The 8 Best RC Trucks

Updated July 28, 2017 by Daniel Imperiale

8 Best RC Trucks
Best High-End

Best Mid-Range

Best Inexpensive

We spent 34 hours on research, videography, and editing, to review the top picks for this wiki. For tackling the toughest terrain out there, nothing quite compares to a good remote control truck. They can climb steep, rocky, snow-covered obstacles as readily as they can race along a flat track. We've included RC models on our list to satisfy those with a need for speed, as well as those who prefer an off-road adventure. There are even a couple of lifelike replicas for you to check out. When users buy our independently chosen editorial picks, we may earn commissions to support our work. Skip to the best rc truck on Amazon.

8. Maisto Rock Crawler

If you want a simple option for the kids, you should consider the Maisto Rock Crawler because of its basic controls, durable body, and use of easy-to-find AA and AAA batteries. The large tires grip well for both on and off-roading.
  • great for climbing
  • front and rear motors
  • not meant for racing
Brand Maisto
Model 83022
Weight 2.9 pounds
Rating 3.8 / 5.0

7. Blexy High Speed SUV

The Blexy High Speed SUV isn't the ideal gift for a serious hobbyist, but for a complete novice or a kid who's just getting into this world, it'll provide a durable, low-maintenance ride through rough terrain and the inevitable crashes that come with inexperience.
  • control range of up to 50 meters
  • 20 minutes of driving per charge
  • mediocre ground clearance
Brand Blexy
Model pending
Weight 2.9 pounds
Rating 4.1 / 5.0

6. Redcat Racing Electric Volcano EPX

The Redcat Racing Electric Volcano EPX combines a brushed 27T 540 motor with four-wheel drive and a high-torque servo, which all work together to give you a rugged, all-terrain experience. Unfortunately, those features also prevent you from getting much of a battery life.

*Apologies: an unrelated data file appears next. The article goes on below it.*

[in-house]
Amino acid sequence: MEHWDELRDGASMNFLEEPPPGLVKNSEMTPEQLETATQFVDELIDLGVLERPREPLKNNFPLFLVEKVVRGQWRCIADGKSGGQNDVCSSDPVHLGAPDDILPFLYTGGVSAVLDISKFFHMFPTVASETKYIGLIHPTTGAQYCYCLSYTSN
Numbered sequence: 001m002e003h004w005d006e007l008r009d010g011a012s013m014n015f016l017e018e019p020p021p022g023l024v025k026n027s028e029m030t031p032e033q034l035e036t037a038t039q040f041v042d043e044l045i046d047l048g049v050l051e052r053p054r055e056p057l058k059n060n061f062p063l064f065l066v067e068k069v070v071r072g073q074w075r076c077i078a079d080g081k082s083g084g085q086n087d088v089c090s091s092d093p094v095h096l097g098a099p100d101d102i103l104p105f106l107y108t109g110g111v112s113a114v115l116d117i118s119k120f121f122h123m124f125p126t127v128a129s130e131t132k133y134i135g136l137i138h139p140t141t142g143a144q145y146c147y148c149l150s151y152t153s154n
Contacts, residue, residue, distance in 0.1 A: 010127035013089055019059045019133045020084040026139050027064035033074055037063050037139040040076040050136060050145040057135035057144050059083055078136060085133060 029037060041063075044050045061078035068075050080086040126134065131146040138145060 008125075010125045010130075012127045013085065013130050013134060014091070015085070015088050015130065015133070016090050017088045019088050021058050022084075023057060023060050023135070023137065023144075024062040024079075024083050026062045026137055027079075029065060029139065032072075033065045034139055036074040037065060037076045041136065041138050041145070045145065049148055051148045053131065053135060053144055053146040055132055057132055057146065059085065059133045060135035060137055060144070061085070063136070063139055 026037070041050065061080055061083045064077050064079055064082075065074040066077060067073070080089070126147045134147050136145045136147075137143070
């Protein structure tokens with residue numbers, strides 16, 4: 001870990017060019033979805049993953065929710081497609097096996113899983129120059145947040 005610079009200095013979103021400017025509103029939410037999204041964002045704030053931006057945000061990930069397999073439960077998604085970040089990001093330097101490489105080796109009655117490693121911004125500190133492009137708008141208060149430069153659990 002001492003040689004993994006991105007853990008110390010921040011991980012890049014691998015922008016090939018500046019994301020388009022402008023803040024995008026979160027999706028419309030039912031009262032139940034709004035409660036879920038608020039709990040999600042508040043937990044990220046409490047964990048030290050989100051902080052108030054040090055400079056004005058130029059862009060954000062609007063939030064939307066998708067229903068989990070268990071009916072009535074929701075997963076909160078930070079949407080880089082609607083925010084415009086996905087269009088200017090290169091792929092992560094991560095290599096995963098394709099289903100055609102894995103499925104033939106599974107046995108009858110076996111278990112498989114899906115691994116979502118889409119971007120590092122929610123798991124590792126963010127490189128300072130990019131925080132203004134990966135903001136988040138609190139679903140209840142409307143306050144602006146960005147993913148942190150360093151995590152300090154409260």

• waterproof electronic components
  • hard-to-break polycarbonate body
  • lower-speed option than others
Brand Redcat Racing
Model VOLCANOEP-94111-RB-24
Weight 9.1 pounds
Rating 4.6 / 5.0

5. Traxxas Stampede 4X4

The Titan 12-Turn 550 motor inside the Traxxas Stampede 4X4 is backed by the XL-5 waterproof speed control. Its electronics are sealed against liquids, allowing you to reliably take it out into the elements, driving through mud, snow, and water.
  • chevron maxx tires
  • trail-tuned differentials
  • doesn't include a wall charger
Brand Traxxas
Model 67054-1 BLUE
Weight 8.9 pounds
Rating 4.0 / 5.0

4. K-5 Blazer Ascender

The only thing that beats owning a real classic 1986 Blazer is racing the K-5 Blazer Ascender, a 1:10 scale model that features an adjustable wheelbase. You'll love its bright paint job and optimized details, such as the battery's front placement for grip on rough terrain.
  • great suspension for rugged trails
  • fun to put together
  • driveshafts could be better
Brand VATERRA
Model VTR03014
Weight 8.5 pounds
Rating 3.8 / 5.0

3. Traxxas Summit 4WD Monster

The Traxxas Summit 4WD Monster off-road features industry-leading dual CV telescoping half shafts. It has been built to withstand pain, so go ahead and have it climb objects larger than yourself and get big air with your jumps.